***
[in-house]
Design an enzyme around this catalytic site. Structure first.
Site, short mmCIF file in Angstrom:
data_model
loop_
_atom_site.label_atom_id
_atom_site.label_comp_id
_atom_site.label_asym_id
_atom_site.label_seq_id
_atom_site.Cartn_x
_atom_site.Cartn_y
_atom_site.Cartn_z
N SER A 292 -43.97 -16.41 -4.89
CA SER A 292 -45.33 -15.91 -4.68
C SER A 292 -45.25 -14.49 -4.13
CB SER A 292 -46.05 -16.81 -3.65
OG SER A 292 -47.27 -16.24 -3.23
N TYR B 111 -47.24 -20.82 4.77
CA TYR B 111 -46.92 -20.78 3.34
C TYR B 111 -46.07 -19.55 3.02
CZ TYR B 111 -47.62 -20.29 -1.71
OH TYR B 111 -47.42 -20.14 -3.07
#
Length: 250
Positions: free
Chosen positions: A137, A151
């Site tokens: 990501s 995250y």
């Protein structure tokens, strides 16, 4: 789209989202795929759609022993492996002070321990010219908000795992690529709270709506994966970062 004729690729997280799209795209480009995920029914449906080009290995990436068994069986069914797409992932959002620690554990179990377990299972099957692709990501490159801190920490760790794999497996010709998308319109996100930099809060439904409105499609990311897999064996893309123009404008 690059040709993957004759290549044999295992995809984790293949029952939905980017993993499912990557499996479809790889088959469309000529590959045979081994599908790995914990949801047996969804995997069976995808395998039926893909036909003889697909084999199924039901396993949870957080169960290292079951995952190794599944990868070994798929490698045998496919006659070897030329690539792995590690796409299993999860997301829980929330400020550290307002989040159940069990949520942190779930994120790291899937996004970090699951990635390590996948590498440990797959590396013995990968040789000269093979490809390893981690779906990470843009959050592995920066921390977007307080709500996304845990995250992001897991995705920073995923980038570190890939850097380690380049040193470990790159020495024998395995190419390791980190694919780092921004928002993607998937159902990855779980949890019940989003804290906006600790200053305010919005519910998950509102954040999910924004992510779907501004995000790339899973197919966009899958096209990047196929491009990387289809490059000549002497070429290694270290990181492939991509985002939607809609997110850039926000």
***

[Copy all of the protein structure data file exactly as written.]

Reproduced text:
[in-house]
Design an enzyme around this catalytic site. Structure first.
Site, short mmCIF file in Angstrom:
data_model
loop_
_atom_site.label_atom_id
_atom_site.label_comp_id
_atom_site.label_asym_id
_atom_site.label_seq_id
_atom_site.Cartn_x
_atom_site.Cartn_y
_atom_site.Cartn_z
N SER A 292 -43.97 -16.41 -4.89
CA SER A 292 -45.33 -15.91 -4.68
C SER A 292 -45.25 -14.49 -4.13
CB SER A 292 -46.05 -16.81 -3.65
OG SER A 292 -47.27 -16.24 -3.23
N TYR B 111 -47.24 -20.82 4.77
CA TYR B 111 -46.92 -20.78 3.34
C TYR B 111 -46.07 -19.55 3.02
CZ TYR B 111 -47.62 -20.29 -1.71
OH TYR B 111 -47.42 -20.14 -3.07
#
Length: 250
Positions: free
Chosen positions: A137, A151
């Site tokens: 990501s 995250y």
């Protein structure tokens, strides 16, 4: 789209989202795929759609022993492996002070321990010219908000795992690529709270709506994966970062 004729690729997280799209795209480009995920029914449906080009290995990436068994069986069914797409992932959002620690554990179990377990299972099957692709990501490159801190920490760790794999497996010709998308319109996100930099809060439904409105499609990311897999064996893309123009404008 690059040709993957004759290549044999295992995809984790293949029952939905980017993993499912990557499996479809790889088959469309000529590959045979081994599908790995914990949801047996969804995997069976995808395998039926893909036909003889697909084999199924039901396993949870957080169960290292079951995952190794599944990868070994798929490698045998496919006659070897030329690539792995590690796409299993999860997301829980929330400020550290307002989040159940069990949520942190779930994120790291899937996004970090699951990635390590996948590498440990797959590396013995990968040789000269093979490809390893981690779906990470843009959050592995920066921390977007307080709500996304845990995250992001897991995705920073995923980038570190890939850097380690380049040193470990790159020495024998395995190419390791980190694919780092921004928002993607998937159902990855779980949890019940989003804290906006600790200053305010919005519910998950509102954040999910924004992510779907501004995000790339899973197919966009899958096209990047196929491009990387289809490059000549002497070429290694270290990181492939991509985002939607809609997110850039926000």